October 10th – Boulder           No. 5 Kansas State 16, No. 14 Colorado 9

Kansas State came to Boulder with a 2-24 all-time record in games played on the Buffs’ home turf.

The Wildcats in 1998, though, were not the Wildcats of old. In rising to a No. 5 national ranking, Kansas State came to Folsom Field beating their opponents by an average of 57 points a game, and had a defense which had allowed a total of 21 points in its first four contests.

Despite its lofty status and undefeated record, though, Kansas State had yet to garner much support as a national power. The Wildcats started the season ranked 6th, and despite the fact that several teams ranked above them had lost, the Wildcats had only risen to 5th in the polls.

Kansas State had something to prove in Boulder, both to themselves and the nation. For their part, the Colorado Buffaloes were a shaky 5-0 and were a 17-point underdog, at home, to a team they had lost to only once in the last 13 seasons.

The Buffs, too, had something to prove.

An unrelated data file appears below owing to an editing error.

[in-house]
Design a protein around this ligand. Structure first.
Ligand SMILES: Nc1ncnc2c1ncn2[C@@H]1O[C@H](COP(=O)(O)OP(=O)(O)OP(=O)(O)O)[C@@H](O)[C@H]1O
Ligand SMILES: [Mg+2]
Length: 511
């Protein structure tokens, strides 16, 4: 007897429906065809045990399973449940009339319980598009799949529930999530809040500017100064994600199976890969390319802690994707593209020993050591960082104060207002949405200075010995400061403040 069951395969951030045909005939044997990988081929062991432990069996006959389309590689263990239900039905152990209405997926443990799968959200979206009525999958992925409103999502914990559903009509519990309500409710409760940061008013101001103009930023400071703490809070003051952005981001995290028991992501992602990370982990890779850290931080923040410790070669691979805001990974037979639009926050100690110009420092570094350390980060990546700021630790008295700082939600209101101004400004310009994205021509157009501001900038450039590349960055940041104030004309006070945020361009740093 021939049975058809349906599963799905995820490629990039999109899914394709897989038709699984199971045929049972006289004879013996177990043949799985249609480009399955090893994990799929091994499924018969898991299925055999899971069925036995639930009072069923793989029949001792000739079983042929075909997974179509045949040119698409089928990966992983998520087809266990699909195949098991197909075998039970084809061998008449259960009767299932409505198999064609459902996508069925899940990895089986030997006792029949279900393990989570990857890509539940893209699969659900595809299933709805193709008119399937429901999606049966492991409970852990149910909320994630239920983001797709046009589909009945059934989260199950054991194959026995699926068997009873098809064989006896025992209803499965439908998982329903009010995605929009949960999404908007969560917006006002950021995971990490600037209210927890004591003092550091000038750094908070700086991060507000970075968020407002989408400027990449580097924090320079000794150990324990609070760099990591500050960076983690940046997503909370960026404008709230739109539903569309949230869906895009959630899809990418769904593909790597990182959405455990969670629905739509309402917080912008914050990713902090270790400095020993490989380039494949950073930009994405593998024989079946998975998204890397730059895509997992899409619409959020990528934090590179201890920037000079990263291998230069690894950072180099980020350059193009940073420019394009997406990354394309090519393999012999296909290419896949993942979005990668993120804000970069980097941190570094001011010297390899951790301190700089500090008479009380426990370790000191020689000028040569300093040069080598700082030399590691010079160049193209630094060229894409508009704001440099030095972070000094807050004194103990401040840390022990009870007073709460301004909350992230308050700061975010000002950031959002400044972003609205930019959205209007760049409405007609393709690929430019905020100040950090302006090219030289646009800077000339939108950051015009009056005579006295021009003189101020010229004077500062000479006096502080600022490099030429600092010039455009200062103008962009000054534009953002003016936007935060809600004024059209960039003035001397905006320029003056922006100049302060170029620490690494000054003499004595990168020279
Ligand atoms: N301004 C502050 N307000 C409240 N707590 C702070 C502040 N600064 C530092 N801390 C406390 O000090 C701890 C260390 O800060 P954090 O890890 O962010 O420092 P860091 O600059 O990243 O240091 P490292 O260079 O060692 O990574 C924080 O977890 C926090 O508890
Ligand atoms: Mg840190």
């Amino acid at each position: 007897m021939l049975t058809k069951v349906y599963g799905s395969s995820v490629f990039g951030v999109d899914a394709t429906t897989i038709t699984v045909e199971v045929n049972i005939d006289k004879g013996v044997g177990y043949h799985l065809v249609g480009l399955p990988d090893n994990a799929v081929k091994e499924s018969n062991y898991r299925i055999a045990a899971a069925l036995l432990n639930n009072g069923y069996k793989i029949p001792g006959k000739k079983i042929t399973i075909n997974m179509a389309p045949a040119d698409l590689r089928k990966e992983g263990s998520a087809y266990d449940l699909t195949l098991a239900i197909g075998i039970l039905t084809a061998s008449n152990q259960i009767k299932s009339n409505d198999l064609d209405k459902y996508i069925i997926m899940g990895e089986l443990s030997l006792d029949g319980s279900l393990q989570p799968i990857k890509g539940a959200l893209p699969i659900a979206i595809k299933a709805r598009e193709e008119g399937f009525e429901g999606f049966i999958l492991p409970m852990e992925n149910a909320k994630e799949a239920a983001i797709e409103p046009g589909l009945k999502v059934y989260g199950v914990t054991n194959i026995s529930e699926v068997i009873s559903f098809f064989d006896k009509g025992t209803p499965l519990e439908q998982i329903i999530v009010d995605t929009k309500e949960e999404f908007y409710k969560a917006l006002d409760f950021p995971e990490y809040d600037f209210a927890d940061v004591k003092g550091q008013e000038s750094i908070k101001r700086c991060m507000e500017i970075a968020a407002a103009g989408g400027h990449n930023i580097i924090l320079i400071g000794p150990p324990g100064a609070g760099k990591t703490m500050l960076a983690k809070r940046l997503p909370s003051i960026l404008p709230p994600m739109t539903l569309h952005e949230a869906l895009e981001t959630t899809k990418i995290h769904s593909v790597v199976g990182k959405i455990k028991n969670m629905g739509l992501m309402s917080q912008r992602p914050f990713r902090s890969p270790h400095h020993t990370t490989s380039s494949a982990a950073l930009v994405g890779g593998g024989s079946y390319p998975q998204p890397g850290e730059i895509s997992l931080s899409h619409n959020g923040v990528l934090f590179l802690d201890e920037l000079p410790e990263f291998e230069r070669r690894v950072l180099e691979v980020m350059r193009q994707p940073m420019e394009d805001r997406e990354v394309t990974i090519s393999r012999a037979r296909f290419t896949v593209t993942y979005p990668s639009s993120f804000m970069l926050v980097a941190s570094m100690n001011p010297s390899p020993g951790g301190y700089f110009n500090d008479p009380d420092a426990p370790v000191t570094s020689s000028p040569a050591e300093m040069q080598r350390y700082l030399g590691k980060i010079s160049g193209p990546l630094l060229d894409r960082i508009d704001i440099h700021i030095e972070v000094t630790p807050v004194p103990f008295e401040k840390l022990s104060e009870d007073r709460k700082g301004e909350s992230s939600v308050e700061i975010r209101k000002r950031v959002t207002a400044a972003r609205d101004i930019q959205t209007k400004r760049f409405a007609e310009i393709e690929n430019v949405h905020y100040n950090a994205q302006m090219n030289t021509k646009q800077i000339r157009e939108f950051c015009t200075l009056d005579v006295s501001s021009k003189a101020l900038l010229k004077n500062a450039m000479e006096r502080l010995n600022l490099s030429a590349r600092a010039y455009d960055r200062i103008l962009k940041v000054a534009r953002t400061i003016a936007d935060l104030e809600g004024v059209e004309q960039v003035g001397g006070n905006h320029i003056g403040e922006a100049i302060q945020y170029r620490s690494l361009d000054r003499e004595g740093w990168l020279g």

Both teams did.

Kansas State ran off Folsom Field and into the warm October night with a hard-fought victory. The Buffs, meanwhile, walked slowly back to their locker room, heads held high, but still muttering about what might have been.

Kansas State emerged from the game with a 16-9 victory, and could now make a rightful claim to their high ranking. Colorado, which had for much of the night looked as if its school-record string of 115 straight games without being shutout (dating back to November, 1988, when Nebraska shut out the Buffs, 7-0) would be coming to an end, had played into the final minute with an opportunity to win.

Points were hard to come by early.

Martin Gramatica hit on a 30-yard field goal attempt late in the first quarter to stake Kansas State to an early lead. Colorado did get inside the ten-yard line of the Wildcats early in the second quarter after a 43-yard pass from Mike Moschetti to fullback Andy Peeke, but a fumbled snap two plays later ended the threat. On the ensuing drive, a long hookup from Michael Bishop to Aaron Lockett set up the Wildcats at the six yard line. Three plays later, fullback Brian Goolsby scored from two yards out to give Kansas State a 10-0 halftime lead.

Two second half field goals by Gramatica, the second coming three minutes into the fourth quarter, staked the Wildcats to a 16-0 lead.

In the final stanza, though, the Buffs launched a furious comeback.